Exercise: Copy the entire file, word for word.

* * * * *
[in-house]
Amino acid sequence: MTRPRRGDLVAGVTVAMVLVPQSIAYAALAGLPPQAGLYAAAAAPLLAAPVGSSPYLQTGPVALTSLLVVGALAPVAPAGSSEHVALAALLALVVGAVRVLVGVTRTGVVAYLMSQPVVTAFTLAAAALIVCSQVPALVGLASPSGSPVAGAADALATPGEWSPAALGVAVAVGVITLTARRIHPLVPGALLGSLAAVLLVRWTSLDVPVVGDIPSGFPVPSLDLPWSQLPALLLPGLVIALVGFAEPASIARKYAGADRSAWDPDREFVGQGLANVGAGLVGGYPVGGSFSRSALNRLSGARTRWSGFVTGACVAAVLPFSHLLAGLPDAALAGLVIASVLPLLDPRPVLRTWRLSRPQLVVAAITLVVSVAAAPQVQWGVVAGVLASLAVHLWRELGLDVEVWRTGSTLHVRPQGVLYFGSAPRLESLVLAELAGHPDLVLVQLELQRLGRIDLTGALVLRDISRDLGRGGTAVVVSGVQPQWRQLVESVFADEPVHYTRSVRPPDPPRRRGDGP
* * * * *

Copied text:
[in-house]
Amino acid sequence: MTRPRRGDLVAGVTVAMVLVPQSIAYAALAGLPPQAGLYAAAAAPLLAAPVGSSPYLQTGPVALTSLLVVGALAPVAPAGSSEHVALAALLALVVGAVRVLVGVTRTGVVAYLMSQPVVTAFTLAAAALIVCSQVPALVGLASPSGSPVAGAADALATPGEWSPAALGVAVAVGVITLTARRIHPLVPGALLGSLAAVLLVRWTSLDVPVVGDIPSGFPVPSLDLPWSQLPALLLPGLVIALVGFAEPASIARKYAGADRSAWDPDREFVGQGLANVGAGLVGGYPVGGSFSRSALNRLSGARTRWSGFVTGACVAAVLPFSHLLAGLPDAALAGLVIASVLPLLDPRPVLRTWRLSRPQLVVAAITLVVSVAAAPQVQWGVVAGVLASLAVHLWRELGLDVEVWRTGSTLHVRPQGVLYFGSAPRLESLVLAELAGHPDLVLVQLELQRLGRIDLTGALVLRDISRDLGRGGTAVVVSGVQPQWRQLVESVFADEPVHYTRSVRPPDPPRRRGDGP